Assessment of folate status
Measurement of the serum or red blood cell concen-tration of folate is the method of choice, and several simple and reliable radioligand binding assays have been developed. There are problems involved in radioligand binding assays for folate, and in some centers microbiological determination of plasma or whole blood folates is the preferred technique. Serum folate below 7 nmol/l or erythrocyte folate below 320 nmol/l indicates negative folate balance and early depletion of body reserves. At this stage the first bone marrow changes are detectable.
The ability to metabolize a test dose of histidine pro-vides a sensitive functional test of folate nutritional status; formiminoglutamate (FIGLU) is an interme-diate in histidine catabolism, and is metabolized by the folate-dependent enzyme formiminoglutamate formiminotransferase. In folate deficiency the activity of this enzyme is impaired, and FIGLU accumulates and is excreted in the urine, especially after a test dose of histidine: the so-called FIGLU test.
Although the FIGLU test depends on folate nutri-tional status, the metabolism of histidine will also be impaired, and hence a positive result obtained, in vitamin B12deficiency, because of the secondary deficiency of free folate. About 60% of vitamin B12-deficient subjects show increased FIGLU excretion after a histidine load.
Rapidly dividing cells can either use preformed TMP for DNA synthesis, or synthesize it de novo from dUMP. Stimulated lymphocytes incubated with [3H]-TMP will incorporate the label into DNA. In the presence of adequate amounts of methylene-tetrahy-drofolate, the addition of dUMP as a substrate for thymidylate synthetase reduces the incorporation of [3H]-TMP as a result of dilution of the pool of labeled material by newly synthesized TMP and inhibition of thymidylate kinase by thymidine triphosphate.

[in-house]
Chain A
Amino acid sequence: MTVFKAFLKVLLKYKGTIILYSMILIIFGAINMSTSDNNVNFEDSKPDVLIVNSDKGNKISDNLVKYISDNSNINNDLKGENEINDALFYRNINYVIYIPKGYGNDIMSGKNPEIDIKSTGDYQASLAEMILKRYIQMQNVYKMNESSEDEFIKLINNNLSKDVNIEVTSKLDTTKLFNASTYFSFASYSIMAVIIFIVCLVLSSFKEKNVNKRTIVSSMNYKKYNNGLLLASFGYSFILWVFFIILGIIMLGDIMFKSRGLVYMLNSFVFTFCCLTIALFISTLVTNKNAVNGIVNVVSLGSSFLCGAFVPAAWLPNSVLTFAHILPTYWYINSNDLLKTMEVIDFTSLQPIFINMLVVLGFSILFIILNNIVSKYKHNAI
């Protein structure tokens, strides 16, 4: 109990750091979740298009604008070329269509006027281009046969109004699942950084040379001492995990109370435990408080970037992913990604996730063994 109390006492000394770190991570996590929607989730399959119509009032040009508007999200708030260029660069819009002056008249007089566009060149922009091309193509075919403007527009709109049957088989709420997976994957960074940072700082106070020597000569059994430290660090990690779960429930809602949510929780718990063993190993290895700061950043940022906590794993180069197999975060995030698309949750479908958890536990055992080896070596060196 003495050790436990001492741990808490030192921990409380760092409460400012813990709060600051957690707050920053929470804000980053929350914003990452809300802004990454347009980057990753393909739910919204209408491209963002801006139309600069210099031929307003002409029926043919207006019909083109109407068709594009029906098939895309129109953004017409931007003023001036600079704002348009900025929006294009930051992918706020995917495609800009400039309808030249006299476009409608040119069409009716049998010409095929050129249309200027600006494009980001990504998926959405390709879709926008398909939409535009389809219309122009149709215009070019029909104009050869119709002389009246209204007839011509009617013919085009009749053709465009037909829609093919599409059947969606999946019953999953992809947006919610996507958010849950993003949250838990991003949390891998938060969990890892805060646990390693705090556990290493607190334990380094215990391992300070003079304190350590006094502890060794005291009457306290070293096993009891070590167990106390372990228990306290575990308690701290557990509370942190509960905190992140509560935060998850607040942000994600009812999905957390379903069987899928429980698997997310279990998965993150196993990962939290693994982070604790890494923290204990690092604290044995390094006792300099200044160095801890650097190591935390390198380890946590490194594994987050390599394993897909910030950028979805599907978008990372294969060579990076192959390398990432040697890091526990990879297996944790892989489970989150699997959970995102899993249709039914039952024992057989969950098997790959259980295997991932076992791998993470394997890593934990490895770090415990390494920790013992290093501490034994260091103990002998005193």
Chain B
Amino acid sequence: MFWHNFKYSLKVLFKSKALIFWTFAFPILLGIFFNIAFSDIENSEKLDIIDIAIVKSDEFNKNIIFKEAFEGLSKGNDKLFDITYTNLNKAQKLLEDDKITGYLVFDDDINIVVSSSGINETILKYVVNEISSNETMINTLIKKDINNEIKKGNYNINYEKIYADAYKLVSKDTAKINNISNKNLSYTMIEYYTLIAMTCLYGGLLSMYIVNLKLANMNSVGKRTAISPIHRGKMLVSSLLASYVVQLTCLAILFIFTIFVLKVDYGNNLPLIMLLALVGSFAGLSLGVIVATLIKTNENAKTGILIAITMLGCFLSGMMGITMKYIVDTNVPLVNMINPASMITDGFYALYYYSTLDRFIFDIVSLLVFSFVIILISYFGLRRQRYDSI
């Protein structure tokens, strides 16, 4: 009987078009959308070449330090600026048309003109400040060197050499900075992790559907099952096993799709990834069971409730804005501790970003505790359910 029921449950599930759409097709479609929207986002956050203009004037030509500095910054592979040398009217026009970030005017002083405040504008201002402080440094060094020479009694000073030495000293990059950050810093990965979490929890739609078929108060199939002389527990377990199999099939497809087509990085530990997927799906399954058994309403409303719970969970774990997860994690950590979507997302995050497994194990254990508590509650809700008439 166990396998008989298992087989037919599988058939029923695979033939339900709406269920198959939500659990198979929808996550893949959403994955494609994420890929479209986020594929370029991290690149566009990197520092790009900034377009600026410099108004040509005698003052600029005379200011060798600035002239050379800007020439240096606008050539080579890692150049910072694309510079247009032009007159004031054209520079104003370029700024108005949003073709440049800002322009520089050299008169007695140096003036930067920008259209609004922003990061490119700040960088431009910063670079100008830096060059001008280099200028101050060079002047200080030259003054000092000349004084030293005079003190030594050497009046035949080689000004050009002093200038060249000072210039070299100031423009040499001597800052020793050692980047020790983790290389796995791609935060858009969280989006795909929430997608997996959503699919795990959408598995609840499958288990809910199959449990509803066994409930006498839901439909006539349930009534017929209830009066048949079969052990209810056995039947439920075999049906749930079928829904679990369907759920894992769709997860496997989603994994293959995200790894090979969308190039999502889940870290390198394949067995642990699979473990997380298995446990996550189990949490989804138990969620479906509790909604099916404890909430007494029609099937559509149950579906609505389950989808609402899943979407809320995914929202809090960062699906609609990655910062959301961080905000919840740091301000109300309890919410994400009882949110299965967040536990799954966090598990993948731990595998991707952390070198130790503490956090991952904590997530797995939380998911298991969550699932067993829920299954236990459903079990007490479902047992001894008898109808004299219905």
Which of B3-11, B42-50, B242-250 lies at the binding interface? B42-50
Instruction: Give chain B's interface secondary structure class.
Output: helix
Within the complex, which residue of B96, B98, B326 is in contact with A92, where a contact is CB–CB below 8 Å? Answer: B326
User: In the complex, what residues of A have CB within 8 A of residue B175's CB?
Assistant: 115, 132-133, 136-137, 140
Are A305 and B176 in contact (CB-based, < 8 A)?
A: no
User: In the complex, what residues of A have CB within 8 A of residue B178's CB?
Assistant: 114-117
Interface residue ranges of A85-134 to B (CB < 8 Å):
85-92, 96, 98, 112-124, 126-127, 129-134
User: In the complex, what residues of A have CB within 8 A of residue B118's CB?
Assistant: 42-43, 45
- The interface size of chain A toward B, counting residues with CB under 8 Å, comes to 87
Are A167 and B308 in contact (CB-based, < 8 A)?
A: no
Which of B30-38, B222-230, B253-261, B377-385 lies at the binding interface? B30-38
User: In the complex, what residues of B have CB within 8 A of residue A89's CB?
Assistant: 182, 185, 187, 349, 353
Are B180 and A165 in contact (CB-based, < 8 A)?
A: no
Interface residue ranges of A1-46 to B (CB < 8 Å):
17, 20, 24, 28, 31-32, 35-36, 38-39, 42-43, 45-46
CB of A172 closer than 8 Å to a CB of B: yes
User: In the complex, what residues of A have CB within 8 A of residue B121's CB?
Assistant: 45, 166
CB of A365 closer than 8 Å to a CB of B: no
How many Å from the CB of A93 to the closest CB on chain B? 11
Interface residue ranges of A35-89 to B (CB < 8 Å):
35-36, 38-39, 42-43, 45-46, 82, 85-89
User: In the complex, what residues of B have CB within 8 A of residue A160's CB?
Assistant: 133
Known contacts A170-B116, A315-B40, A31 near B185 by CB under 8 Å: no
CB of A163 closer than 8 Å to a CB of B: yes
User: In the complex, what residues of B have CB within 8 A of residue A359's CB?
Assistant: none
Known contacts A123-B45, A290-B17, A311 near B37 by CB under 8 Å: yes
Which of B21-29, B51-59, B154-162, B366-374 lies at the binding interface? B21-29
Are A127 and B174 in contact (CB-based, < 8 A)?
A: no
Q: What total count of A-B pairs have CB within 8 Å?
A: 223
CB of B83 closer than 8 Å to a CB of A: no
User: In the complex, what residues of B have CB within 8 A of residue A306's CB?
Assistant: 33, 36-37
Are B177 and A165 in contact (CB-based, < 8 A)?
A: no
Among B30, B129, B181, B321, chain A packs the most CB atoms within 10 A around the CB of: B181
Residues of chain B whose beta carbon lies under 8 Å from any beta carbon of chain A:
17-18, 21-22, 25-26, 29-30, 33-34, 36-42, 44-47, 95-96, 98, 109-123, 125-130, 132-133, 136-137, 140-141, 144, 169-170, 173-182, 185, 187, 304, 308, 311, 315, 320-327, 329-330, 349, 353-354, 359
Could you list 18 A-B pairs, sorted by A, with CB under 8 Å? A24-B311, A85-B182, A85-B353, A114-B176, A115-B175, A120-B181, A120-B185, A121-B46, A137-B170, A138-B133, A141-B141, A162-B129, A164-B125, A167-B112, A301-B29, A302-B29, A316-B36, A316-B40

In normal cells the incorporation of [3H]-thymi-dine into DNA after preincubation with dUMP is 1.4–1.8% of that without preincubation. By contrast, cells that are deficient in folate form little or no thy-midine from dUMP, and hence incorporate nearly as much of the [3H]-thymidine after incubation with dUMP as they do without preincubation.
Either a primary deficiency of folic acid or func-tional deficiency secondary to vitamin B12 deficiency will have the same effect. In folate deficiency, addition of any biologically active form of folate, but not vitamin B12, will normalize the dUMP suppression of [3H]-thymidine incorporation. In vitamin B12 defi-ciency, addition of vitamin B12 or methylene-tetrahydrofolate, but not methyl-tetrahydrofolate, will normalize dUMP suppression.